A state representative wants to require that DNA samples be taken from anyone charged with a felony in Missouri, but the ACLU thinks that goes too far.

“Right now of course when you go in you get fingerprinted and that goes into a database but if we could collect DNA from at least certain kinds of crimes we could solve a lot of cold cases out there,”

Representative Linda Black (photo courtesy; Tim Bommel, Missouri House Communications)

Representative Linda Black (photo courtesy; Tim Bommel, Missouri House Communications)

Representative Linda Black (R-Park Hills) told Missourinet. “It’s estimated that on day one there could be up to 1,000 murders solved right then and there.”

Black said in her mind the collection is the next logical step after talking someone’s fingerprints.

“They’re both identifying factors of human characteristics. Your fingerprint is individual, so is your DNA, so it’s no different in my opinion,” said Black.

Director of Policy at ACLU Missouri Sarah Rossi says the idea goes too far and would invade people’s privacy – two reasons why the ACLU would oppose it.

“Just because you’re charged doesn’t mean you’re guilty and just because you’re charged with a felony doesn’t mean it’s a violent felony that would necessarily require DNA evidence. It might be a financial crime that’s a felony,” said Rossi.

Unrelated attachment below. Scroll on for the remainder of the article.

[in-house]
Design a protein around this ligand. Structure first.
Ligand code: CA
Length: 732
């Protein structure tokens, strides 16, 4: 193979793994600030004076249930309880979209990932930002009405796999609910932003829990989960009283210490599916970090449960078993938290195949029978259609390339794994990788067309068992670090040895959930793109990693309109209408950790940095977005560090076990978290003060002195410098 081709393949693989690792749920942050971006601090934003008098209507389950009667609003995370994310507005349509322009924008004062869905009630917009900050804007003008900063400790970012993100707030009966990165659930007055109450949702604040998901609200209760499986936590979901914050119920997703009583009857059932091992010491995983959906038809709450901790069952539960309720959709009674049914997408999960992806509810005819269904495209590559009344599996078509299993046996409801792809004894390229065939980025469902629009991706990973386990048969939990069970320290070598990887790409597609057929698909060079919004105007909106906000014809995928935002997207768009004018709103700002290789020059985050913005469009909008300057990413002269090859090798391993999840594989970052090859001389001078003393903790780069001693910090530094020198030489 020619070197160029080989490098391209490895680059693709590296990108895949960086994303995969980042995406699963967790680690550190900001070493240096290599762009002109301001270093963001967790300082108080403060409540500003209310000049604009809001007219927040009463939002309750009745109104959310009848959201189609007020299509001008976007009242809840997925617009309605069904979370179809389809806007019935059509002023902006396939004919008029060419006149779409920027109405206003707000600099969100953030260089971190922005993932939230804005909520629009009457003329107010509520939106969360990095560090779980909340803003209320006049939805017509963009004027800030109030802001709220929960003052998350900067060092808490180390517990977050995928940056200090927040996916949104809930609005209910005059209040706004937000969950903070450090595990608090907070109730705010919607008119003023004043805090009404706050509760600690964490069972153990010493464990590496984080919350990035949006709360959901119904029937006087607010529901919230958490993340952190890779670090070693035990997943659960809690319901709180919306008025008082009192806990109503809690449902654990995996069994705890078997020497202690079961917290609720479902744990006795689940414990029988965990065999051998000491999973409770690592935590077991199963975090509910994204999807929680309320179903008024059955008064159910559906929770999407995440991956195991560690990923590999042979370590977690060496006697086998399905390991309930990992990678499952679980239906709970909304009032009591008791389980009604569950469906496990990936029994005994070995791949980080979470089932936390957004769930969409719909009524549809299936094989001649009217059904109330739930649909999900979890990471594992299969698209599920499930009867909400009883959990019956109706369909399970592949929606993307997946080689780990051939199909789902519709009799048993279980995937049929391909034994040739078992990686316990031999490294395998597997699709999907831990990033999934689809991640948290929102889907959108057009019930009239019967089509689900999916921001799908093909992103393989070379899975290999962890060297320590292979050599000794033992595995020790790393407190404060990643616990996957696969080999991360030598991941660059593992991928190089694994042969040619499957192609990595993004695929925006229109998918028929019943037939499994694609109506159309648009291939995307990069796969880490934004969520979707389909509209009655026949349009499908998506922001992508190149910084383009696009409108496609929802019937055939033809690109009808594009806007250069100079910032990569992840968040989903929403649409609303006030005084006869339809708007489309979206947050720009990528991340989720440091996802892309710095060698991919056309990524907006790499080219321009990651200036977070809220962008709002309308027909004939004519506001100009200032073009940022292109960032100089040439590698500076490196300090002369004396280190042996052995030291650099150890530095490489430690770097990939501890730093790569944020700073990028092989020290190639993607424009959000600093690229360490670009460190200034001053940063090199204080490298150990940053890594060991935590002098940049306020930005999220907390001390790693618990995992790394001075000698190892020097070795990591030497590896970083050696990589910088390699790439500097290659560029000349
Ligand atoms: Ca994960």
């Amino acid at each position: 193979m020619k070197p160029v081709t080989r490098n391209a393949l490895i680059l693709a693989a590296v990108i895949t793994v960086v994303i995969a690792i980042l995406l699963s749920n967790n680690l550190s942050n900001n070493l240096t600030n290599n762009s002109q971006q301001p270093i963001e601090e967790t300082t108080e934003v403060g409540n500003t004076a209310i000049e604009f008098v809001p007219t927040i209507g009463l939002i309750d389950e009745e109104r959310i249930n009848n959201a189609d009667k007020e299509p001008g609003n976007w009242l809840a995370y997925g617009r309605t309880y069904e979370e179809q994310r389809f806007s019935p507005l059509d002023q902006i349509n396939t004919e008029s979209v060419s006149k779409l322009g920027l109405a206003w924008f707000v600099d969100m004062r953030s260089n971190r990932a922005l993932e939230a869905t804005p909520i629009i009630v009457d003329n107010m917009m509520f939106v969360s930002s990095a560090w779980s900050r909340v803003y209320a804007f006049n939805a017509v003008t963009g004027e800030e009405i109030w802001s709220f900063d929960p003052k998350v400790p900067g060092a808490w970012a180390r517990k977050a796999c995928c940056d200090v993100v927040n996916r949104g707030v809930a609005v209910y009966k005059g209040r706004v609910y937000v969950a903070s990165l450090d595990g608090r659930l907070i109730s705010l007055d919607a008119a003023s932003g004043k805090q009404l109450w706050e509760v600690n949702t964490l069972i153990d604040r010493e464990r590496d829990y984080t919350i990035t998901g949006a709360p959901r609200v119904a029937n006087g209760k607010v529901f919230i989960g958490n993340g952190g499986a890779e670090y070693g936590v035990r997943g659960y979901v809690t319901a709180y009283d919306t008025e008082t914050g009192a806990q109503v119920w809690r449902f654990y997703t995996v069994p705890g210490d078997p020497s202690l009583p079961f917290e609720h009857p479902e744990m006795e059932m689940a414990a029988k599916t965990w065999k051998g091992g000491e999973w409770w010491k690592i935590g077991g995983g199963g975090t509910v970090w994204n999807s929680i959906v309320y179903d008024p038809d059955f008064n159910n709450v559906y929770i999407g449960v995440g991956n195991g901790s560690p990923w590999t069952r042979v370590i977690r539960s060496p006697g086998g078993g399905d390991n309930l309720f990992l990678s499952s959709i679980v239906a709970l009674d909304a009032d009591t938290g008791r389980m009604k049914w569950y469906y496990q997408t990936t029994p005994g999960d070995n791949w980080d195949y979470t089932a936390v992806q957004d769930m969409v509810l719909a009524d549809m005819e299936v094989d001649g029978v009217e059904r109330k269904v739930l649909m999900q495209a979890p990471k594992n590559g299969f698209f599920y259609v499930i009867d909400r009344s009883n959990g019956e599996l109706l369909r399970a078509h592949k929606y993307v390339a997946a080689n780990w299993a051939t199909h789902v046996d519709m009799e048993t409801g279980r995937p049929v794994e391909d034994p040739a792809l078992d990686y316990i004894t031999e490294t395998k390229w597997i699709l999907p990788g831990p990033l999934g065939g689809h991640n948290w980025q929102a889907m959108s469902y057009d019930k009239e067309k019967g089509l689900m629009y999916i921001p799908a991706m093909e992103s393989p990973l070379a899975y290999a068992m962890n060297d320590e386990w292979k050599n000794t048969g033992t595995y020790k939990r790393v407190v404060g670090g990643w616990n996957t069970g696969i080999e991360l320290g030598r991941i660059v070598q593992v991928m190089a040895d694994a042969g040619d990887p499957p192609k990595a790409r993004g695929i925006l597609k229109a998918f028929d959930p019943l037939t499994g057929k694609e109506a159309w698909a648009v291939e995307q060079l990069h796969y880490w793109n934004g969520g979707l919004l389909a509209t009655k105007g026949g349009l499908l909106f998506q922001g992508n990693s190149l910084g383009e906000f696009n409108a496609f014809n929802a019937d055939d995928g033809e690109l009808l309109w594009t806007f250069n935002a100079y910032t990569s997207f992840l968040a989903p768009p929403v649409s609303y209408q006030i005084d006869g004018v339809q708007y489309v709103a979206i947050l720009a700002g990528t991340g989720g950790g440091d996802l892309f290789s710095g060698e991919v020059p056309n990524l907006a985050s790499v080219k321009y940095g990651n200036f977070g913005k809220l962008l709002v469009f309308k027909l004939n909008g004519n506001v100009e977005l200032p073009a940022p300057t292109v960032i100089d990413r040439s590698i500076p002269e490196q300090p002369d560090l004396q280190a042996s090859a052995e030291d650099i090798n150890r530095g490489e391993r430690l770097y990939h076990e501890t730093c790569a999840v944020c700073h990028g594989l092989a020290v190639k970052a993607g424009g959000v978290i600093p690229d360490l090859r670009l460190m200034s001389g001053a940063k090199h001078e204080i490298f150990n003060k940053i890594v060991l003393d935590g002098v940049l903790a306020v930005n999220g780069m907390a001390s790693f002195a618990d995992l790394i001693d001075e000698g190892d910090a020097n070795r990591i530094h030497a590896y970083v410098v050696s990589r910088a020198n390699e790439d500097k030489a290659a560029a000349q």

Missouri law was updated in 2009 with the passage of “Katie’s Law,” requiring DNA samples to be taken from those arrested for certain felonies, including murders, assaults, rapes, and burglaries. That change was also opposed by the ACLU during the legislative process.

Sarah Rossi is the policy director for ACLU Missouri

Sarah Rossi is the policy director for ACLU Missouri

State law allows an individual to petition a court to have his or her DNA sample removed from the state database.

Black says hers would be the first bill to propose that all felony arrests in Missouri lead to a DNA sample being taken, but she’s thinking of also offering a proposal that’s been brought up before – the requirement that DNA samples that have been collected be tested.

“A lot of times its collected but it’s not actually being ran and processed and blueprinted for future use,” said Black. “Probably we would like to resurrect that one as a companion bill.”

She said she’s asking the Missouri Highway Patrol for information on what requiring the testing of all samples would cost, “but DNA testing, because the science behind it has evolved so much, it is getting less costly to do the testing.”

Rossi said that would also be an overreach.

“Bills like this kind of give the state and the government carte blanche to cast a DNA dragnet and see what they can catch. It’s an invasion of privacy,” said Rossi.

Still, she said the arguments that cold cases could be solved and victim’s families might learn answers are compelling, and perhaps a “middle ground” could be reached on those proposals.

“We’d love to talk about Representative Black about it and we’ll try to make a point to do so before the session starts,” said Rossi.